How Virtual Language Classes Can Reduce Feelings of Social Isolation

Hello from the other side
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Like so many others lately, I've been isolated and staying home, putting all my travels on hold. During this time, I’ve been desperately seeking the things travel typically offers—meeting new people, diving into a different culture, experiencing new sights beyond my own backyard. Fortunately, I’ve found something that brings me community and feeds my wanderlust until I'm able to travel again. 

I’ve been learning Arabic to prepare myself for future trips to the Middle East. At first I tried Duolingo, a popular free app that turns learning new vocabulary and phrases into a quiz-like game. However, even after completing the full course, I still couldn’t string together a sentence in Arabic, and I wasn’t getting the human connection I was craving during quarantine. Then, I signed up for Natakallam, an online service that connects language students with tutors over Skype. 

Every week, the bleeps and bloops of Skype sound, signaling the start of my call with my teacher, Osama, who is a Syrian refugee in Beirut. I tell him about what’s going on with me, and he tells me about his hometown in Syria (Swaida), his favorite food (tabbouleh, a Levantine salad), or how his quarantine is going—he’s been on strict lockdown and has barely gone outside, not even for walks, but he and his wife are doing fine. The classes have introduced me to a new friend across the world—I'm in the countryside near Toronto—at a time when random encounters are impossible. I've also learned about details of his culture: Osama is Druze, a religious sect primarily concentrated in Lebanon, Syria, and Israel, and he tells me his city is known for winemaking.

Throughout our time, I’ve learned a ton of spoken Arabic to prepare me for trips to Lebanon or Jordan, two destinations I'm itching to visit when this is all over. (Here's your first lesson from me: مرحبا, pronounced "marhabaan" means "hello.") I also feel good about supporting a refugee whose life has been uprooted by the war in Syria, an added benefit of the service I'm using.

Virtual Services for Language Learning

Natakallam is just one of many online platforms that allows you to learn a language from the comfort of your couch, though. Apps like Duolingo, Babbel and Memrise are great, but they don’t involve enough speaking, which is critical to actually being able to learn a language. The good news is that finding a language tutor or someone to practice with online has never been easier thanks to a number of useful platforms, and lessons tend to be cheaper than signing up for a course at your local college. Here are some of the best options.


More than 10,000 tutors use this site to deliver hour-long video lessons to students around the world. Choose your teacher based on a detailed profile that lists their credentials, student reviews, teaching styles, and an intro video for a dose of their personality. Classes cost between $8 and $20, and teachers usually offer a one-time trial discount.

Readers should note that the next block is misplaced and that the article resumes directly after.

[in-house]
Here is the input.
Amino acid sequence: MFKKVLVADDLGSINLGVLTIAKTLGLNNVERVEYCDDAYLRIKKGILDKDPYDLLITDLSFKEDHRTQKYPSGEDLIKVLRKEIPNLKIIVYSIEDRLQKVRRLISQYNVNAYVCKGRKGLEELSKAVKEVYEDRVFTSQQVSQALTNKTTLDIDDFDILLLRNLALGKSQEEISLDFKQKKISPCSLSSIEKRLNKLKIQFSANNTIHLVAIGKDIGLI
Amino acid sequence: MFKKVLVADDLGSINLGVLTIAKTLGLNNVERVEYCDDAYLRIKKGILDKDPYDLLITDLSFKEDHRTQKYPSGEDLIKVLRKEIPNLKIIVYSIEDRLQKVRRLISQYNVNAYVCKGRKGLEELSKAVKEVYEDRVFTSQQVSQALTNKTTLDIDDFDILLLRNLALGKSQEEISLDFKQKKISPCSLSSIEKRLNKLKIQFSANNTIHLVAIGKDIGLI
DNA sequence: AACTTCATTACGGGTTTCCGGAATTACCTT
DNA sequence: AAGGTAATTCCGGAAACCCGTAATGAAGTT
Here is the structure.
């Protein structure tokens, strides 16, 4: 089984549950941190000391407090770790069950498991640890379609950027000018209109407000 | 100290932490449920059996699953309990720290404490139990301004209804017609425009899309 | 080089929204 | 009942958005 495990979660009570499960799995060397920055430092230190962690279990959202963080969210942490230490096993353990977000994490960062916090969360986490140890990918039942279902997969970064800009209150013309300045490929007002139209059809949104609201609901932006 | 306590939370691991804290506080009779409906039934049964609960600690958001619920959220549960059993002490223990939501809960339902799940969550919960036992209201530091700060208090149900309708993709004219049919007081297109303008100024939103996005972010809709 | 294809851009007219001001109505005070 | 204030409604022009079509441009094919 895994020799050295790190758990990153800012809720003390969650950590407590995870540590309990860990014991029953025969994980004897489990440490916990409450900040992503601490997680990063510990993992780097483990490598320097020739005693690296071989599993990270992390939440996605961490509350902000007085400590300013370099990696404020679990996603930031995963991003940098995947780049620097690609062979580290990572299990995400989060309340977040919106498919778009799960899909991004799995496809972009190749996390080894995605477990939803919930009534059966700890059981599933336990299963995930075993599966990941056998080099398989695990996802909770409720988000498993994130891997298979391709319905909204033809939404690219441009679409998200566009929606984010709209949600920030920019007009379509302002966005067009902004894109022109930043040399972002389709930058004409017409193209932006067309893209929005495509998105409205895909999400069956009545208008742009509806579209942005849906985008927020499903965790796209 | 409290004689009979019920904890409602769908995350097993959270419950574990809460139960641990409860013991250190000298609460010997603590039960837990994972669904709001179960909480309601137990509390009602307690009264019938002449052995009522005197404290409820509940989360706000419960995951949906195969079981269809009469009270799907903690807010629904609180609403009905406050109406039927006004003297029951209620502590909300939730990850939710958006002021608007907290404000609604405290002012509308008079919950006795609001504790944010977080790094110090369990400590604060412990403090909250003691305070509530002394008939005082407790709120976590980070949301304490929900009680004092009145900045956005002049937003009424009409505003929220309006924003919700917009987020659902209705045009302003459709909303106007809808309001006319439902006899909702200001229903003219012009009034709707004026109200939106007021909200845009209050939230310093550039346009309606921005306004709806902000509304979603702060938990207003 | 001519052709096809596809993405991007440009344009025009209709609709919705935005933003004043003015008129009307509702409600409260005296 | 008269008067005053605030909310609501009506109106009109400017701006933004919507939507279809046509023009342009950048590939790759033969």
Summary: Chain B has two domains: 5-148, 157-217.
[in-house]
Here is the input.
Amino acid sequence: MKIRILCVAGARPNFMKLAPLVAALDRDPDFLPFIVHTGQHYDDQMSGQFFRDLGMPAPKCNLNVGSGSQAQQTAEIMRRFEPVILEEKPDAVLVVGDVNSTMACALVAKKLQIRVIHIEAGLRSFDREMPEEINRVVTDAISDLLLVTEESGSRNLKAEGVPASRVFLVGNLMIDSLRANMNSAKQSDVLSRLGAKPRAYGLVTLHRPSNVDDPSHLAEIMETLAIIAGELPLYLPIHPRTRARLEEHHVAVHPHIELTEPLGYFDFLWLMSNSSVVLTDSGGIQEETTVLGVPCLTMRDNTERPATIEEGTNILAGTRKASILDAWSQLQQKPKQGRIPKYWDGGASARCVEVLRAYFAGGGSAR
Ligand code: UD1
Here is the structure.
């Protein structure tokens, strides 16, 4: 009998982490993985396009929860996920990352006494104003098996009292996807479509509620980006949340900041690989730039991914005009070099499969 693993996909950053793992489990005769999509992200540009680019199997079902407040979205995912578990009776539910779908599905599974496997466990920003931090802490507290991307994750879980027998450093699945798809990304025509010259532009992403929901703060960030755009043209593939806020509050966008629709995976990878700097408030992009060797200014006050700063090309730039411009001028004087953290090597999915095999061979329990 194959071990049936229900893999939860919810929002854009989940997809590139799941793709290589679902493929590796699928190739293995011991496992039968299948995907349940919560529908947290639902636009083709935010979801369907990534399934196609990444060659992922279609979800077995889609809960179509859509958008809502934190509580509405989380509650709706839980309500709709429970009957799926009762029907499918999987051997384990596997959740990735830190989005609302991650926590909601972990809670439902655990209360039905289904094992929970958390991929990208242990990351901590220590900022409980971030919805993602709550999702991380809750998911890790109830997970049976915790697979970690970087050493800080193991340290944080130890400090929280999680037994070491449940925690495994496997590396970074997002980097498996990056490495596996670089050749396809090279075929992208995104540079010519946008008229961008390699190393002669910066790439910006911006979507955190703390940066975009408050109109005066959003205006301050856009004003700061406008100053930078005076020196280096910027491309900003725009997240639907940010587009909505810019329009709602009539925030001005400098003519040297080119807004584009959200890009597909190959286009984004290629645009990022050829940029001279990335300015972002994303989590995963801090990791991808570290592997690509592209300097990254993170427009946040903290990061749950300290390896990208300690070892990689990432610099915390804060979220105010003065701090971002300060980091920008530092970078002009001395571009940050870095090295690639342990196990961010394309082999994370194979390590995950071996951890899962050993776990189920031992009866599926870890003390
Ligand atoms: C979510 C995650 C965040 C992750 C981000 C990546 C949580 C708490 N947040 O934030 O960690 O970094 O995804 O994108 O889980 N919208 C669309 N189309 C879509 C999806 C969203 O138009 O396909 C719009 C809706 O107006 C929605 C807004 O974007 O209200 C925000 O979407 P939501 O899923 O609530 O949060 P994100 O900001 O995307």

Berlitz is an international language school with all kinds of courses both online and in-person, but its online group classes of three to six students are perfect for building a sense of community during social isolation. Programs are done over video twice weekly at specific times, so they’re great for those looking for routine. Courses aren’t cheap, though; group classes will run you $500 per month and last three months.  


I’ve been learning through Natakallam, a language service that employs refugees to teach Arabic, French, Persian, and Spanish. Not only are the classes well-done, there’s the added bonus that you’re helping a refugee. The classes are done over video chat and cost $15 per session, $70 for five classes and $130 for 10 classes. 


Think social network for language learning. Pop onto Tandem’s app any time and strike up a chat with someone from around the world. You can open a FaceTime-style video call or simply chat over text. This app is great if you don’t want to commit to a scheduled time and it’s free. 


You know those language exchanges where you meet someone in a coffee shop or bar and practice learning a language with them? This is the same thing over video, voice chat, text, or with a pen pal. MyLanguageExchange’s interface is seriously outdated, but it does the trick and with more than 3 million users covering 164 languages, you won’t have trouble finding someone to learn with. Plus, it's free to sign up. Classes with professional teachers are available for a fee. 


Similar to Italki, this site has more than 10,000 private teachers with detailed profiles to choose from. The added bonus with Verbling is that you get access to an online community of language learners. Prices per hour range widely from about $10 to $50, and trial lessons are free. 


This online tutoring service says it has students from 190 countries learning more than 50 languages, and its user base has been growing even more during the pandemic. A unique aspect of this one is that instead of simply choosing a teacher from a list, Preply asks you a few questions before using an algorithm to match you with a suitable teacher. Classes are $15 to $20 and trial lessons are free.


Short on time? Rype offers short 30-minute sessions in 10 languages with professional teachers and you’ll get seven days to see if it’s right for you. After that, 30-minute classes are $14.17 to $15.99 depending on your plan.

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